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Langue en Langue du Résumé Titre Original
Éditeur de collection Titre de collection Titre de collection Abrégé
Volume de collection Numéro de collection Edition
ISSN 0967-0645 ISBN Médium
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Numéro d'Appel MARBEC @ isabelle.vidal-ayouba @ collection 2689
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Auteur Espinosa, F.; Rivera-Ingraham, G.A.
Titre Biological Conservation of Giant Limpets: The Implications of Large Size Type Chapitre de livre
Année 2017 Publication Revue Abrégée
Volume (down) Numéro Pages 105-155
Mots-Clés cymbula-nigra gastropoda; endangered limpet; lottia-gigantea; marine protected areas; mussel mytilus-galloprovincialis; patella-ferruginea gastropoda; population-structure; scutellastra-argenvillei; sex-change; south-african limpet
Résumé Patellogastropods, also known as true limpets, are distributed throughout the world and constitute key species in coastal ecosystems. Some limpet species achieve remarkable sizes, which in the most extreme cases can surpass 35 cm in shell length. In this review, we focus on giant limpets, which are defined as those with a maximum shell size surpassing 10 cm. According to the scientific literature, there are a total of 14 species across five genera that reach these larger sizes. Four of these species are threatened or in danger of extinction. Inhabiting the intertidal zones, limpets are frequently affected by anthropogenic impacts, namely collection by humans, pollution and habitat fragmentation. In the case of larger species, their conspicuous size has made them especially prone to human collection since prehistoric times. Size is not phylogeny-dependent among giant limpets, but is instead related to behavioural traits instead. Larger-sized species tend to be nonmigratory and territorial compared to those that are smaller. Collection by humans has been cited as the main cause behind the decline and/or extinction of giant limpet populations. Their conspicuously large size makes them the preferred target of human collection. Because they are protandric species, selectively eliminating larger specimens of a given population seriously compromises their viability and has led to local extinction events in some cases. Additionally, sustained collection over time may lead to microevolutionary responses that result in genetic changes. The growing presence of artificial structures in coastal ecosystems may cause population fragmentation and isolation, limiting the genetic flow and dispersion capacity of many limpet species. However, when they are necessitated, artificial structures could be managed to establish marine artificial microreserves and contribute to the conservation of giant limpet species that naturally settle on them.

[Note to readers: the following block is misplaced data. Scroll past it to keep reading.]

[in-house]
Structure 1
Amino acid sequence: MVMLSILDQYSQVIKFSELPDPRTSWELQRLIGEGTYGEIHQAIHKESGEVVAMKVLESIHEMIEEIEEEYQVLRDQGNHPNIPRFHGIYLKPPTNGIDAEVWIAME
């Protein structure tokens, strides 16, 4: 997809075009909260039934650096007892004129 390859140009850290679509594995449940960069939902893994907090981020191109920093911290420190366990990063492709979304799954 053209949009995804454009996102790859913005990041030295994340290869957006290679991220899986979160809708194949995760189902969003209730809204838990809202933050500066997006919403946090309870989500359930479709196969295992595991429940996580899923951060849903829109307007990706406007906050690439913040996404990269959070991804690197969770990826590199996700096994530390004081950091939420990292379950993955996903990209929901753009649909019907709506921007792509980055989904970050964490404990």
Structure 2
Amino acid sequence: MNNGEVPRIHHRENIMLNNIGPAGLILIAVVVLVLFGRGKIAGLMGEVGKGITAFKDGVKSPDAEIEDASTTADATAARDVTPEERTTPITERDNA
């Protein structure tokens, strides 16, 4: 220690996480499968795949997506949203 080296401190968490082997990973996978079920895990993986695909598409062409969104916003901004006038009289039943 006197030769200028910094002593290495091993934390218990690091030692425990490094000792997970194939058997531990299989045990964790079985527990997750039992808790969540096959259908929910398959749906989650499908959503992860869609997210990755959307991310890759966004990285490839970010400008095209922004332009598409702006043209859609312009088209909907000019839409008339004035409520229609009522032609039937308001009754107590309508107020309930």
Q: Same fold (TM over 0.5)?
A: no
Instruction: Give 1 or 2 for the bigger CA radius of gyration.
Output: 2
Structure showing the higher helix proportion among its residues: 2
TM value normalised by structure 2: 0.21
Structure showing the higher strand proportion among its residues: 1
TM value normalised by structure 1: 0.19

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Editeur Elsevier Academic Press Inc Lieu de Publication San Diego Éditeur Curry, B.E.
Langue English Langue du Résumé Titre Original
Éditeur de collection Titre de collection Titre de collection Abrégé Advances in Marine Biology, Vol 76
Volume de collection 76 Numéro de collection Edition
ISSN ISBN 978-0-12-812402-4 978-0-12-812401-7 Médium
Région Expédition Conférence
Notes Approuvé pas de
Numéro d'Appel MARBEC @ alain.herve @ collection 2180